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The Person in Front of Me

Mother Teresa once said this: “I do not believe in the big way of doing things. I only believe in the person in front of me.”

Those words shape the life my wife Diane and I live. Eight years ago, we left a large church in a wealthy part of Aurora (part of the Denver metroplex) to go to the poorest part of Aurora and serve among the broken. No plan. We just went.

The title of this blog series, Justice & Mission: Good News for All, evokes things in me. I think about righting wrongs, advocating for justice, leaning into politics and policy to make a difference among the broken. Big things to make big changes. 

I call our friends “the other 1%.” They are the bottom 1% of our culture, poor in every sense of the word, the lowest of the low. Mental illness, addiction, sex work, drug-dealing, violence, lack of housing, hopelessness, and relational pain defines their lives. Their life grinds them down.

Jesus was clear to us—our call was to focus on our broken, battered and beautiful friends

Jesus called us to love our new friends, but we weren’t clear how to. Two  pathways were ahead of us. We could have leaned into bigger things—programs, advocacy, policy. All aimed at changing a system and ultimately changing our friends’ lives. 

Or, we could start with the people who are trapped in this world. Here the accent is on the person, not the system, not the programs.

Both approaches are needed. After eight years of living in the middle of poverty, I am grateful for anyone who wants to make a difference, regardless of the strategy they choose. 

That said, Jesus was clear to us—our call was to focus on our broken, battered and beautiful friends, not on systems and programs. Just our friends. The person in front of us. 

That message has been constant for eight years. We formed Jesus on Colfax Ministries (JOC). Others came to join us in the work, many volunteers and a small staff. We have made friends, hundreds of them. We listen to their stories, love them as best we can, help as we can. Jesus’ message was and is, simple: Show up and love people. Build friendships with them. Love the person in front of you. Listen to their story. Help them pursue shalom.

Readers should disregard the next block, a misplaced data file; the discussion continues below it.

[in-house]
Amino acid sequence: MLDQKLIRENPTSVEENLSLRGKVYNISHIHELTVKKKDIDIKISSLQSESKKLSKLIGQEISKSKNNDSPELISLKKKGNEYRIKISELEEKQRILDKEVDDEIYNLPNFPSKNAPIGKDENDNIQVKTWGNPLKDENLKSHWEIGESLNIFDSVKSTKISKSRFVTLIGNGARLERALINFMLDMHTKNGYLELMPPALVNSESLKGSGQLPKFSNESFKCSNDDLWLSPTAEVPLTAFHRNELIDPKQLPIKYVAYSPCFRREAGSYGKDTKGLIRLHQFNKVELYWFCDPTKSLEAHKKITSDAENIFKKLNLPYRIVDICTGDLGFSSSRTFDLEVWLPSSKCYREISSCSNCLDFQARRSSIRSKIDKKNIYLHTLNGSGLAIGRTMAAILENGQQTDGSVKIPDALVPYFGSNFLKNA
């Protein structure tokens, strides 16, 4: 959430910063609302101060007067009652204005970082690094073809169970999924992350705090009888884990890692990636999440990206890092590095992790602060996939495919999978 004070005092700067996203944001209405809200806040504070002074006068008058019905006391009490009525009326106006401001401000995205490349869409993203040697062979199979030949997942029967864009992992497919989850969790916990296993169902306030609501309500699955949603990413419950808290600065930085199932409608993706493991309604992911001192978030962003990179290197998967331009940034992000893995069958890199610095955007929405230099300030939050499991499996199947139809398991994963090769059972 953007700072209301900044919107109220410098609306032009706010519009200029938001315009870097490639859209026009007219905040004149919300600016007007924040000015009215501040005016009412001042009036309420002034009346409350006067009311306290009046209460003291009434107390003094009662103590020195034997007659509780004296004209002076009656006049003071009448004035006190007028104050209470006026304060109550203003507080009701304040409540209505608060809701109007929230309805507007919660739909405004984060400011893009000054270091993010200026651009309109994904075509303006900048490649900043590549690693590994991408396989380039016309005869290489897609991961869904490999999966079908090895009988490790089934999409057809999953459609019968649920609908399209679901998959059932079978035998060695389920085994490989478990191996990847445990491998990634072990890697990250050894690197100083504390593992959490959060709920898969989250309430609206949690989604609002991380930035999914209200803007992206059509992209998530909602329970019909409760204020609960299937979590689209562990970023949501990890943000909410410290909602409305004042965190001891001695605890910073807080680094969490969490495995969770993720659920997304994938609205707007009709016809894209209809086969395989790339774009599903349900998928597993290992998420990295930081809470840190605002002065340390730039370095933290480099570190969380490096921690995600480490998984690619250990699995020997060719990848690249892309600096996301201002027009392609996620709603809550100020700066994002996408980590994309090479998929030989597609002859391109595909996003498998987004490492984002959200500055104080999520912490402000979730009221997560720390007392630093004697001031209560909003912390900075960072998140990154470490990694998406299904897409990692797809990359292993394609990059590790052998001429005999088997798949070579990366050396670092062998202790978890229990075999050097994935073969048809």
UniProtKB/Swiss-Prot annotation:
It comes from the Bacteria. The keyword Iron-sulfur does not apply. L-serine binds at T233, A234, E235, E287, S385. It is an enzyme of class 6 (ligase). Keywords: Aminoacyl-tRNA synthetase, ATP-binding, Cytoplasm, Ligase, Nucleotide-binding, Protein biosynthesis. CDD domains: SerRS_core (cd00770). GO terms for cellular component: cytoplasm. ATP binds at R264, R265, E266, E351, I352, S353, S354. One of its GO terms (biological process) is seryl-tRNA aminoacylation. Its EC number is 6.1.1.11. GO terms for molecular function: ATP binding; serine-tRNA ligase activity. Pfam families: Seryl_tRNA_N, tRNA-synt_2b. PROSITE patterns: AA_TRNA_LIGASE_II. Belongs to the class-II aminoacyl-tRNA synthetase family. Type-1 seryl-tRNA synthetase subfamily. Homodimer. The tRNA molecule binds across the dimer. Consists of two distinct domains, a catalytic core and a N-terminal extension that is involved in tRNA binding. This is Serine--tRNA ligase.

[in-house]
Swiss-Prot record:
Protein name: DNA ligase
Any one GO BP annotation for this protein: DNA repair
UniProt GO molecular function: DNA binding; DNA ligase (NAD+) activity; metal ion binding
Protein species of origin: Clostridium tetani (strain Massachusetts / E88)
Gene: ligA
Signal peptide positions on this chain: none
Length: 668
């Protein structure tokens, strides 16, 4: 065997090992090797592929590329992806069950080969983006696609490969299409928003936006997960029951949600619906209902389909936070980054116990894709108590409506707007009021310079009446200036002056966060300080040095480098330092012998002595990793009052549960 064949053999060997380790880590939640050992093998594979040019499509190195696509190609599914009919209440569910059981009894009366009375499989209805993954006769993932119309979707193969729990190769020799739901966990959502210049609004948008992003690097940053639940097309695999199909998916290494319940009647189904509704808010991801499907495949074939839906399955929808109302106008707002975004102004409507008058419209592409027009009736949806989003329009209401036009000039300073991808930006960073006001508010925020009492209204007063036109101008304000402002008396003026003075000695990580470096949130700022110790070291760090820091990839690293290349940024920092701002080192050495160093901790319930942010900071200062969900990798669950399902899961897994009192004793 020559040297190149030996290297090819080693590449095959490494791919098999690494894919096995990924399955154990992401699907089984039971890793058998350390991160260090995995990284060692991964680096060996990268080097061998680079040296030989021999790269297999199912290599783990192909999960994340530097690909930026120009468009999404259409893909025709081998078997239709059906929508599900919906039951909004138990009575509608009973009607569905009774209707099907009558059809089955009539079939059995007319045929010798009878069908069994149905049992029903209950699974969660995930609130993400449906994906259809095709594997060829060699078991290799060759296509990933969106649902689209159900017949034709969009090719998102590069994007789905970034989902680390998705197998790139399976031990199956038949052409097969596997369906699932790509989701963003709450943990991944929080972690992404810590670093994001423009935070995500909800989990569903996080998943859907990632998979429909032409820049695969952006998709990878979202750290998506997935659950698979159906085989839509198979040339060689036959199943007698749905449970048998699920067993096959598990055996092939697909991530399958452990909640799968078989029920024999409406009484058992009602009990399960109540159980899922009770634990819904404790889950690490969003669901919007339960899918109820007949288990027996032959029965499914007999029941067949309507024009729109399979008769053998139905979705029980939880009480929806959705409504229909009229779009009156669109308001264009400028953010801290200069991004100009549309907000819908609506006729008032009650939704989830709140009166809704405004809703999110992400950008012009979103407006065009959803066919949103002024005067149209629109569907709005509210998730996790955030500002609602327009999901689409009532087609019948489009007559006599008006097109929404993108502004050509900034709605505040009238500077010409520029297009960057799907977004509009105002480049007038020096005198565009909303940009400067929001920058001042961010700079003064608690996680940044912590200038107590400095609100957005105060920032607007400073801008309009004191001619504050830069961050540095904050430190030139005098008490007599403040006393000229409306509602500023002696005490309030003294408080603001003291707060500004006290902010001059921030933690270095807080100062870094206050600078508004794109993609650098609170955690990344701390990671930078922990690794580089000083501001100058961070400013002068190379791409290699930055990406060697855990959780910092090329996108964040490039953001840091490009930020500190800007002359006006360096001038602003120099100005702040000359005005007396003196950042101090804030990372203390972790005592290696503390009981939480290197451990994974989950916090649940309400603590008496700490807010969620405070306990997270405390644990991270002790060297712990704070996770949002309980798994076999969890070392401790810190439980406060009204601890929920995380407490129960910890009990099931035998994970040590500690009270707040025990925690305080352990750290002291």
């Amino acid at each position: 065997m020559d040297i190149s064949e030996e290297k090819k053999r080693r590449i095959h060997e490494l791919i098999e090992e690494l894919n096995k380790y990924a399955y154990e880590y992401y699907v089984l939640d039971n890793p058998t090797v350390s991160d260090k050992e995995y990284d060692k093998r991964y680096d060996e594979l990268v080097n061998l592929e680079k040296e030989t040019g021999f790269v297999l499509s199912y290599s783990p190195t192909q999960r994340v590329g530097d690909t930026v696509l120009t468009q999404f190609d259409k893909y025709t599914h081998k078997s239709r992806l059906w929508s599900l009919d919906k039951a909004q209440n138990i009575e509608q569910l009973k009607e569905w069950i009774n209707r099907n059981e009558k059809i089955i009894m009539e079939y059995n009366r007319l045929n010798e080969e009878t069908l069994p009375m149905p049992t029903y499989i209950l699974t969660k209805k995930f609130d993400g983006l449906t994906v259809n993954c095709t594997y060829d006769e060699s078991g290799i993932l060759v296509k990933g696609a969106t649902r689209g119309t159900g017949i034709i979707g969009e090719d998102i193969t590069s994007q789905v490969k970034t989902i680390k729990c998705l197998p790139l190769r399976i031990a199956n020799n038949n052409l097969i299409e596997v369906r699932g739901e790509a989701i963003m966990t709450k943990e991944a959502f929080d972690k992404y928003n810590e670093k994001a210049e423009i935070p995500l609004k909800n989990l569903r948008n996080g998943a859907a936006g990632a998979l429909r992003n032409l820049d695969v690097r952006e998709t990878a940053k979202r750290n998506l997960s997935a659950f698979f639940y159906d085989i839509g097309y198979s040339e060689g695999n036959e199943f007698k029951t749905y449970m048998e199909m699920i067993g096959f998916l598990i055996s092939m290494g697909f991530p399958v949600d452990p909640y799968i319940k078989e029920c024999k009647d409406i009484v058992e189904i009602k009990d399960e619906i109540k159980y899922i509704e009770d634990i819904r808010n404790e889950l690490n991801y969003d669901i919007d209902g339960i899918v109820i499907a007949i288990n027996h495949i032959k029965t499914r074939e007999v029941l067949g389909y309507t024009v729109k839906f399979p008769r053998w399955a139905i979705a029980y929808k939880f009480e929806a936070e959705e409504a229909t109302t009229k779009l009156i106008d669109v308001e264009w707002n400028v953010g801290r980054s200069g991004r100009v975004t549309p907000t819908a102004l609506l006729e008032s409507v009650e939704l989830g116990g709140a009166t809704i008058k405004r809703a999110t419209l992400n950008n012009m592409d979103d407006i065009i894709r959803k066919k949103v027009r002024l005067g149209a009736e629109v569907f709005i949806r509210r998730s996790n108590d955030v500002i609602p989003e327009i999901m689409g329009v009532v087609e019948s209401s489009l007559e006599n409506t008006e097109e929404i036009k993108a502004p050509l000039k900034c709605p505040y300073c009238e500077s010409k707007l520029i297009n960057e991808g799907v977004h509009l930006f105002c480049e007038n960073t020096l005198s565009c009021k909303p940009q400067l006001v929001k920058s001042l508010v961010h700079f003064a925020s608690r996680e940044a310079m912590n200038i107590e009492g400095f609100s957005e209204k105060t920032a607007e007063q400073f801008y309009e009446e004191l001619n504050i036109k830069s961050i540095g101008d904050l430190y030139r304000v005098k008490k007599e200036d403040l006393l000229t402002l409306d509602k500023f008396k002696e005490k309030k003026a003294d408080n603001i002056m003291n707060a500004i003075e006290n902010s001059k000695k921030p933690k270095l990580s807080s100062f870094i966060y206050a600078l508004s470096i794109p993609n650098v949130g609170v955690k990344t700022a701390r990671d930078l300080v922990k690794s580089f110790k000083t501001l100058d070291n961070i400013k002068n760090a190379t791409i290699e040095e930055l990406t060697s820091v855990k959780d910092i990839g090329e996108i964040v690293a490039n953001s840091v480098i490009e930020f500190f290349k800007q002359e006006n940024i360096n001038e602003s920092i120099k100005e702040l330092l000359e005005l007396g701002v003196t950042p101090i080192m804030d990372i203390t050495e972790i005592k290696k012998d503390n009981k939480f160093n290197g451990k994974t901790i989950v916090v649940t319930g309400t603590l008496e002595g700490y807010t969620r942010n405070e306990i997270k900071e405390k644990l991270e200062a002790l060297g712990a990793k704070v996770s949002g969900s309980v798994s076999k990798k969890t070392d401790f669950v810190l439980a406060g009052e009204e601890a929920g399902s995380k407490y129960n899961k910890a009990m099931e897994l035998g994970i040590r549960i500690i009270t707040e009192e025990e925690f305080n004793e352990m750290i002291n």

If we look at Micah 6:8 with its stunning call to “do justice, love mercy and walk humbly with our God,” are we “only” doing mercy?

As JOC has grown, Mother Teresa’s words guide us.  We love the person in front of us. We are grateful for others who focus on larger issues and partner as we can. But at heart, our focus is the person in front of us—this beautiful person. 

Is that doing justice? If we look at Micah 6:8 with its stunning call to “do justice, love mercy and walk humbly with our God,” are we “only” doing mercy?

While mercy and justice do have distinct differences, they are but two faces of one heart for the broken. Still, I believe that loving the person in front of me is more than mercy. It is doing justice. Why? Because the great injustice that lies at the heart of our friends lives is this: They do not feel as though their lives matter. They don’t believe it inside themselves and the world reinforces that. “You don’t matter.” 

That is unjust. They do matter, they are valuable, they are created in the image of God. No program, no political advocacy, no strategic approach can by itself resolve that injustice. They learn of their own value, most of the time, in a face-to-face encounter where they are loved by Jesus’ people. Someone focused on them as the person in front of them.

We start there. But again we learn from Mother Teresa. Her love for the person in front of her led to a world-wide organization that served her friends in broader ways—schools, orphanages etc. She did big things. 

So too for us. Our focus on the person in front of us now leads us to larger things—programs that deepen impact, issues to address, places to advocate. 

But it all starts here. We love the person in front of us. 

Don't miss a post in this series! Justice & Mission: Good News for All

Photo by Jon Tyson on Unsplash

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